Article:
Tech mag Wired is being blasted for sitting on key evidence which could assist, or convict, the source of some Wikileaks information.
Glenn Greenwald over at Salon said that Wired's Senior Editor Kevin Poulsen has possessed, but refuses to publish, the key evidence which led to the arrest of US Army PFC Bradley Manning for allegedly acting as Wikileaks' source.
In late May, Adrian Lamo, who was working as an FBI grass, gave Poulsen what he purported to be the full chat logs between Manning and Lamo. In the chat logs Manning apparently confessed to having been the source for the various cables, documents and video that Wikileaks released.
Lamo put no substantive restrictions on Poulsen with regard to the chat logs and Wired could publish the lot. However Wired published only a quarter of them and refuses to even talk about it.
Greenwald said that Lamo is the only source of information for what Manning supposedly said.
Hacks are printing Lamo's assertions about Manning's statements even though they are unable to tell if Lamo is telling the truth.
The result is that the DOJ is trying to prosecute Wikileaks based on the theory that Julian Assange "encouraged or even helped" Manning extract the classified information. This is based on Lamo claiming that Manning told him all sorts of things about Wikileaks and Assange. However these key conversations are not included in the published chat logs.
Neither are claims made by Lamo that Assange was using an "encrypted internet conferencing service" to talk to Manning or specially creating a "dedicated server" for Manning to use.
The links between Manning and Assange are crucial if the US is going to get a conviction against Assange or Wikileaks. But the information, which could be squashed by Poulson, is remaining secret.
Greenwald claims that the key to the whole story is a bloke called Mark Rasch who is the former chief of the DOJ's Computer Crimes Unit in the 1990s. Not only is he a "regular contributor" to Wired he happens to have prosecuted Kevin Poulsen back and put him in prison for three years.
Rasch is the person who put Lamo in touch with federal law authorities in order to grass up Manning. He is also Poulson's key source for news.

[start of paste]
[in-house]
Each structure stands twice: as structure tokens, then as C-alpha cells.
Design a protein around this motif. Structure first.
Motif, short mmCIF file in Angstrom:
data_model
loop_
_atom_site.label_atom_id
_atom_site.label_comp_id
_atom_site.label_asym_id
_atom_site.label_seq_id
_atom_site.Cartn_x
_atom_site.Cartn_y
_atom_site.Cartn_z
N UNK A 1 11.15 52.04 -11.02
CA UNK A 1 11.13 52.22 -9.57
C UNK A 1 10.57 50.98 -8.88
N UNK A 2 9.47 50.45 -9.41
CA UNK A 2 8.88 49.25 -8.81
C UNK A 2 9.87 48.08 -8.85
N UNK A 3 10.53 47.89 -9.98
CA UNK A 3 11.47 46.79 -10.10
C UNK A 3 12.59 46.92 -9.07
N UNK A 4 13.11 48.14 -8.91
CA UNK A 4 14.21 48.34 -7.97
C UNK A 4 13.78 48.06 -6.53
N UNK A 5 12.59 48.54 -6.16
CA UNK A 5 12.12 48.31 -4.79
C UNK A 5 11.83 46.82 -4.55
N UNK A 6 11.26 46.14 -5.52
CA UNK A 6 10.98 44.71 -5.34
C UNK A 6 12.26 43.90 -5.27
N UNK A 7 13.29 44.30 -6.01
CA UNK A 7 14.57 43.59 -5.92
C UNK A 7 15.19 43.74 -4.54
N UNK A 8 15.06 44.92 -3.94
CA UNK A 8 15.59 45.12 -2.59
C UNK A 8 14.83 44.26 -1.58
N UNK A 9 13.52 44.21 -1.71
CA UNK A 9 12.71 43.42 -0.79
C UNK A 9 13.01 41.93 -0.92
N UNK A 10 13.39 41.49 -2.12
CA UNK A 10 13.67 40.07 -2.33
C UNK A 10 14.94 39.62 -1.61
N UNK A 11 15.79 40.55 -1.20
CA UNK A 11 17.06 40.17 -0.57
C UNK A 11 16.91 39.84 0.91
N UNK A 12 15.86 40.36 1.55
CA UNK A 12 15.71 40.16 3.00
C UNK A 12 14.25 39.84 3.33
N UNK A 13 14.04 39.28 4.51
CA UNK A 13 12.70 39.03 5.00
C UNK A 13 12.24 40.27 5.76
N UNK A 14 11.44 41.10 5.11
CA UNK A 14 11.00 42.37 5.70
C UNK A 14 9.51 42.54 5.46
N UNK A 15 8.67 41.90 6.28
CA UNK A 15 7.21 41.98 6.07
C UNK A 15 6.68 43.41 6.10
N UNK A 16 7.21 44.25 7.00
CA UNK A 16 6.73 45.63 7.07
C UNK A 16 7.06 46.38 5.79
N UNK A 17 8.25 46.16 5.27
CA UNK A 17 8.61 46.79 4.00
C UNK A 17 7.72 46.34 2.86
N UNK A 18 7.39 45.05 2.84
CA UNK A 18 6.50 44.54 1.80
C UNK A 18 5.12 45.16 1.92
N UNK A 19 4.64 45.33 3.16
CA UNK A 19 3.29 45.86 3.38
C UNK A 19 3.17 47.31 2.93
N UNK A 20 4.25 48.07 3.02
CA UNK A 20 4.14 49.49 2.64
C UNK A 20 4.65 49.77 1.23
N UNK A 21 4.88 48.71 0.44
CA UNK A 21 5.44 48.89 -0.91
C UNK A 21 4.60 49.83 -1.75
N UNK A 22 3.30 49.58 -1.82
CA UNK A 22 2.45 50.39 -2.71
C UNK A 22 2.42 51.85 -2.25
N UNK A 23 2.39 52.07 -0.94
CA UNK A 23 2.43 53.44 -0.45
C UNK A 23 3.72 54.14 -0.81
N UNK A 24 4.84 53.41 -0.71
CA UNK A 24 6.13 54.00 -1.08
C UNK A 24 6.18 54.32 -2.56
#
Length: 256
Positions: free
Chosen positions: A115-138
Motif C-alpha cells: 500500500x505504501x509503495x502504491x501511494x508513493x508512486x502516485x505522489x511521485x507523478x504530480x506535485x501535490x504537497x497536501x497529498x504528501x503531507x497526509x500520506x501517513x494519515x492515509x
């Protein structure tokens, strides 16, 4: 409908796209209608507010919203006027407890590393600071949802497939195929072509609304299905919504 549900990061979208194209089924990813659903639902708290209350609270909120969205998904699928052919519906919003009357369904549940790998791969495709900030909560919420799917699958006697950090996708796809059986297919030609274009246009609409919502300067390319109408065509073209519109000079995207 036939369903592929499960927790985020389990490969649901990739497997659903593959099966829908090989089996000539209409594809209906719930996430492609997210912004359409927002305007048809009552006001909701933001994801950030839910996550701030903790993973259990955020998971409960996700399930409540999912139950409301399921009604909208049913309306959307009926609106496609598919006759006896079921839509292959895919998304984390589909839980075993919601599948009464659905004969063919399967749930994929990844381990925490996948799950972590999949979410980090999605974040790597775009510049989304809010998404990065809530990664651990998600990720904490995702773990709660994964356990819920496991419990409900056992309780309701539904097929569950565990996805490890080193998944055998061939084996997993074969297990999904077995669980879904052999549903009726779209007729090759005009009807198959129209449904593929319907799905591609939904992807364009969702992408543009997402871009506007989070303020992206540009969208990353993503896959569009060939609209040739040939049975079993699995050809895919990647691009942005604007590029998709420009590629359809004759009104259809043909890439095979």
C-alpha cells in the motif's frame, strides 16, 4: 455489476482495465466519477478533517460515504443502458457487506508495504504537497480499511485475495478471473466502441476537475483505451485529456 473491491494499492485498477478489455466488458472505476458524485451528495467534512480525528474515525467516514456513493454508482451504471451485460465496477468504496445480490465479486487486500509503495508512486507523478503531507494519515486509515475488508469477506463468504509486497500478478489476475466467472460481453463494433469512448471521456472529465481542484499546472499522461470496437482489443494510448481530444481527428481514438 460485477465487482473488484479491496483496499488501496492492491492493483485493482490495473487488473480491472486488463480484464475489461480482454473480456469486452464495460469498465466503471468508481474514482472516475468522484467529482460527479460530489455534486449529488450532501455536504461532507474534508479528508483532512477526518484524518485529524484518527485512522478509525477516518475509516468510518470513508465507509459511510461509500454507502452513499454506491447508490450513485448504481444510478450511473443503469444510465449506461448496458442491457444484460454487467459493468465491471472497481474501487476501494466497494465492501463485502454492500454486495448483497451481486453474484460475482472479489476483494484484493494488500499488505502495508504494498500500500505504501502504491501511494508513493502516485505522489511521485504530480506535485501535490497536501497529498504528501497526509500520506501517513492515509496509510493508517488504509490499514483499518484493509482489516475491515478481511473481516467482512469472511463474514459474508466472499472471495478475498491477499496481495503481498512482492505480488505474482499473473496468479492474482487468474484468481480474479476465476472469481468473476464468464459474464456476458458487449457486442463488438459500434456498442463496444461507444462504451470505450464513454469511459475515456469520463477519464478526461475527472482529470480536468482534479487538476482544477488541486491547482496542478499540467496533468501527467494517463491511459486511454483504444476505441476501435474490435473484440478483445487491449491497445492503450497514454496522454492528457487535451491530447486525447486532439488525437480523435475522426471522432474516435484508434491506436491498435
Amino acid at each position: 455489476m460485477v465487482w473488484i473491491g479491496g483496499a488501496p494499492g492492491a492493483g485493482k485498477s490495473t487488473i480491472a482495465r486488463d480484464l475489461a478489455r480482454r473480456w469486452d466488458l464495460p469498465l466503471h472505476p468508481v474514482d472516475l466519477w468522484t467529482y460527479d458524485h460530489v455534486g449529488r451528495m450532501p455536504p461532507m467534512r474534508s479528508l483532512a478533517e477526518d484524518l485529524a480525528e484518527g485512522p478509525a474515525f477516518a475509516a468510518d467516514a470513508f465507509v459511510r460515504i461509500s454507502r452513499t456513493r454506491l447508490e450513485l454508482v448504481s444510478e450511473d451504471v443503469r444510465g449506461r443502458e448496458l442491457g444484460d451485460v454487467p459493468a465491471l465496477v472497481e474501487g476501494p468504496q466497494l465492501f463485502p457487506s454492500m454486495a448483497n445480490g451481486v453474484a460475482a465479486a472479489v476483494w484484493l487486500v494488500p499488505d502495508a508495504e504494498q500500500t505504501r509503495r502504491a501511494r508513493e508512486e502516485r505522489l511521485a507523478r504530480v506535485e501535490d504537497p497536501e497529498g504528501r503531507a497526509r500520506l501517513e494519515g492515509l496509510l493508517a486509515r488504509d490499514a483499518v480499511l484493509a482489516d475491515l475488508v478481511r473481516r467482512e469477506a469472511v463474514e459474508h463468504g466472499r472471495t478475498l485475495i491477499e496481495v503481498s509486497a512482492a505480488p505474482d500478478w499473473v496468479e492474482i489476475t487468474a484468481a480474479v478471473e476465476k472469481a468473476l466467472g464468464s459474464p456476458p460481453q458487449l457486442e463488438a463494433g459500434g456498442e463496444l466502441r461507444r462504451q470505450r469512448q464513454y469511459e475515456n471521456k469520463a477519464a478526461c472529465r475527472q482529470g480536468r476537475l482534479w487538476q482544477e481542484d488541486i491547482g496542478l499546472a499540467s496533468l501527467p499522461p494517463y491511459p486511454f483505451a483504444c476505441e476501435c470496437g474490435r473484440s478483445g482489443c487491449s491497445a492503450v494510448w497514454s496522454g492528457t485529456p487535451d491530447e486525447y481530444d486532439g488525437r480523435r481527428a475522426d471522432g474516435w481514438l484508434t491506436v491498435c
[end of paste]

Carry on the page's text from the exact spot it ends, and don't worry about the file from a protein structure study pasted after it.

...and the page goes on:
He is a member of a group called Project Vigilant, whose mission is to grass up federal authorities of crimes taking place over the Internet. Bit of bad luck Manning choosing to brag to Lamo of all people about his involvement in Wikileaks.
Wikileaks thinks that Poulsen was a government informant and a key player in Manning's arrest, which is something that Poulsen denies and Greenwald feels is unlikely.
Understandably Wired is a little cross at the allegations. Wired.com editor-in-chief Evan Hansen and senior editor Kevin Poulsen have both hit back .
Hanson writes Greenwald off as a "Wikileaks sympathiser" and says he has conducted a smear campaign by bringing up Poulsen's hacker conviction.
"The bottom line is that Wired.com did not have anything to do with Manning's arrest. We discovered it and reported it: faithfully, factually and with nuanced appreciation of the ethical issues involved, " he said.
He claims that Wired had already published "substantial excerpts" from the logs.
"Our position has been and remains that the logs include sensitive personal information with no bearing on Wikileaks, and it would serve no purpose to publish them at this time," Hanson said.
Hanson said that it did not mean that Wired will not publish them, but before taking "an irrevocable action that could harm an individual's privacy", it has to weigh that person's privacy interest against news value and relevance.
Poulsen said that nearly half Greenwald's article is "devoted to a characteristically murky conspiracy theory" involving Rasch.
It is true that Rasch once prosecuted him for hacking a phone company and he served five years rather than three. Rasch last wrote for Wired in 2004, an opinion piece.
While Poulsen also wades into Greenwald for a pro-Wikileaks bias he does not really get into any of the mud that has been slung at him. Both Poulsen and Hanson have opted for the "pick out the small inaccuracies out of the story and people will think the substantive material is not there".
Unfortunately for Wired the only way it is going to avoid such attacks is if it publishes the full transcripts and shuts the conspiracy theorists up. Instead it refuses it opens itself up to accusations of a government cover-up.